Issue of judgments

As you know, the form you incarnate at present is the most complex form among the many that you have incarnated in your various incarnations, in your evolutionary path; and when you look at something about your being now, you should try to look at it taking into account the many possibilities, the many directions in which it can be observed. You have spoken tonight of “judge not”; the “judge not” is one of the most difficult teachings within the ethical teaching that has been brought to you and it is difficult because none of you, then, in the end, has a very precise, fixed, sure idea of what is meant by the term ” to judge”; so much so that you use different ways to say the same thing: criticize, make me an opinion, and so on, putting everything in the same cauldron while, actually, are different facets of the same action. Moti

Without a doubt, creatures, human beings can not help but to judge; assuming that for “judging” is meant to form an opinion of the relationship between himself and what is outside of him, or between the individual and what he is experiencing; be this a social situation, be it an interpersonal relationship.
Your whole life is made up of an unbroken chain of judgments, as long as you open your eyes in the morning and look at yourself in the mirror – and already judge yourself – to get to when you close those eyes and maybe before fall asleep, think back to what happened during the day and lose a few moments (and it would be good that you did it more often!) commenting on – and then judging – what you experienced during the day.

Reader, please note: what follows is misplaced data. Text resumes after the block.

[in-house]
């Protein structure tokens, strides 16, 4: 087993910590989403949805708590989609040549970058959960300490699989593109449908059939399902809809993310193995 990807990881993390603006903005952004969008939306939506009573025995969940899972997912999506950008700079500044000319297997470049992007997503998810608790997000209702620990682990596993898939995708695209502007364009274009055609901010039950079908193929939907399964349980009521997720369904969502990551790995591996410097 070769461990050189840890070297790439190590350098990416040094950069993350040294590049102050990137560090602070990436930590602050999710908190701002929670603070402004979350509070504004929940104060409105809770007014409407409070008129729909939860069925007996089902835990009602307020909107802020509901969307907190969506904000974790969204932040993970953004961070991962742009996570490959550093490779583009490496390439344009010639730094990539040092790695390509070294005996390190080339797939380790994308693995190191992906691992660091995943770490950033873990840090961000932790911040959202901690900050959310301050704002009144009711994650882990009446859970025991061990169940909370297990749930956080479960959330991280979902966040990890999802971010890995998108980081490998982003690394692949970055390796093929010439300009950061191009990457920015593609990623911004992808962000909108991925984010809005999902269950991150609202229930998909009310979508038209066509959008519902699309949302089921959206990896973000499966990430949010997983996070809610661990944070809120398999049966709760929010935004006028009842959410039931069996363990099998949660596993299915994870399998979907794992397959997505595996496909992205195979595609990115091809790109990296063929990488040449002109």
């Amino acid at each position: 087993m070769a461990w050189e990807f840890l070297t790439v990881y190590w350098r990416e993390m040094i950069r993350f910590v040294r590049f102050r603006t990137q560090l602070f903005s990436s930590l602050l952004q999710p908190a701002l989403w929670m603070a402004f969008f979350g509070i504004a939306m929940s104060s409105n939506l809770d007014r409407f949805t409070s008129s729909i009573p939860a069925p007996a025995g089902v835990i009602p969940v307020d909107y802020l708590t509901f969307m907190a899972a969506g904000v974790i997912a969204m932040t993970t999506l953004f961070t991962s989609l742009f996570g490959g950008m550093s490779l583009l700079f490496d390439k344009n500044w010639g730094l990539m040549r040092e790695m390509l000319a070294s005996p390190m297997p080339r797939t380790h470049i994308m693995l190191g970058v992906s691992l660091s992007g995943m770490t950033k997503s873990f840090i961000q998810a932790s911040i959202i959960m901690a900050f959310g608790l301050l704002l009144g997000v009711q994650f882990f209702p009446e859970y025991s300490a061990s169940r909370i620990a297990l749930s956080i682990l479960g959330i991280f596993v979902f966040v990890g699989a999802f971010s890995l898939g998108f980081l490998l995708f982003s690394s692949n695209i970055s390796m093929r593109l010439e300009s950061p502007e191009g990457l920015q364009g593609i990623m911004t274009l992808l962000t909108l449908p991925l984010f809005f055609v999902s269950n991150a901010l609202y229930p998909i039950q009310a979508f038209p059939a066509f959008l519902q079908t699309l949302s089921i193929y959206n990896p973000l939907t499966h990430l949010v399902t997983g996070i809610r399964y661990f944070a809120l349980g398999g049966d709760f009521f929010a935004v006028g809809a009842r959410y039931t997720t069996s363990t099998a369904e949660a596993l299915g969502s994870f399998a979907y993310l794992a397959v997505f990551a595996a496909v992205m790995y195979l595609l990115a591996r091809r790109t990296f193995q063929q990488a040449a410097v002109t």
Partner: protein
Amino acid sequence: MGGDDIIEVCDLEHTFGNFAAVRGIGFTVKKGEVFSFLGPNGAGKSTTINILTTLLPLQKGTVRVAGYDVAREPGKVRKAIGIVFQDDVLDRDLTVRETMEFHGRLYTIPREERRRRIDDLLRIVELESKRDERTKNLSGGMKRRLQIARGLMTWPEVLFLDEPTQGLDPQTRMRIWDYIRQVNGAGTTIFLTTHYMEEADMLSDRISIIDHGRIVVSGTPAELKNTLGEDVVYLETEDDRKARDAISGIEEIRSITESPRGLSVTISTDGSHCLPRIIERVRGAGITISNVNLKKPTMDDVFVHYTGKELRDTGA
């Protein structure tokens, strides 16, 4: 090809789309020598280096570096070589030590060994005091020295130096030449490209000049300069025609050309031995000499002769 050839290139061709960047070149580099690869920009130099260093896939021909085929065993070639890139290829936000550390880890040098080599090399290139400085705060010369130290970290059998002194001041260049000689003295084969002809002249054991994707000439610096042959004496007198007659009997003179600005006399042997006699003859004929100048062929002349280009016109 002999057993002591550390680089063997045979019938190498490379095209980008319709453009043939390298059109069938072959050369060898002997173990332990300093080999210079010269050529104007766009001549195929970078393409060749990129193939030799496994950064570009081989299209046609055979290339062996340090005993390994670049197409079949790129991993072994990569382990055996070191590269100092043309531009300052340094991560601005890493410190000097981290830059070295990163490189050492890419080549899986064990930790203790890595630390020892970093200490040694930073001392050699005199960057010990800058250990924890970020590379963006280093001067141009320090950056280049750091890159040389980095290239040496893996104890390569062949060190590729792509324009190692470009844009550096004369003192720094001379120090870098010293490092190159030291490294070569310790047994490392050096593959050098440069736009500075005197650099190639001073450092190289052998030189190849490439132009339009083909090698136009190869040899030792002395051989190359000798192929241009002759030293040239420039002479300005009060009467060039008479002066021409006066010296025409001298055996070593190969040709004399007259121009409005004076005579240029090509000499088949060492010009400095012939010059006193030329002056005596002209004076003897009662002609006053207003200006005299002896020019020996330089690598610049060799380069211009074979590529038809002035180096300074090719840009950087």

So – I repeat – it is impossible for the human being not to judge. So, what don’t you have to do? How should our “do not judge” be interpreted in the most precise way if we ourselves are telling you that you can not help but judge, confusing your ideas a bit? Scifo

The fact is that when you try to have an opinion on others, you almost always express a verdict on them; you do not make an observation trying to be objective using information that you know well, but express a verdict, more often negative, on other people.
This is perhaps the wrong element in judging. The reasons why you should not express any verdict are manifold and are evident from the many things we have told you over the years; how can a verdict be issued without knowing what the motivations of the other individual were? How can one judge someone guilty if one does not know why he did what he was charged with? How can one arrogate the right to judge someone else when one does not have a clear conscience – most likely – of the same guilt attributed to the other?
As you pointed out, this is a point to keep in mind in your making judgments about other people. Since others are here to act as a mirror, what you notice in them is something that also resonates in you; only the fact that you notice that particular and not another, that behavior and not another, means that it has aroused in you reactions, emotions that, therefore, somehow find resonance within you. Rodolfo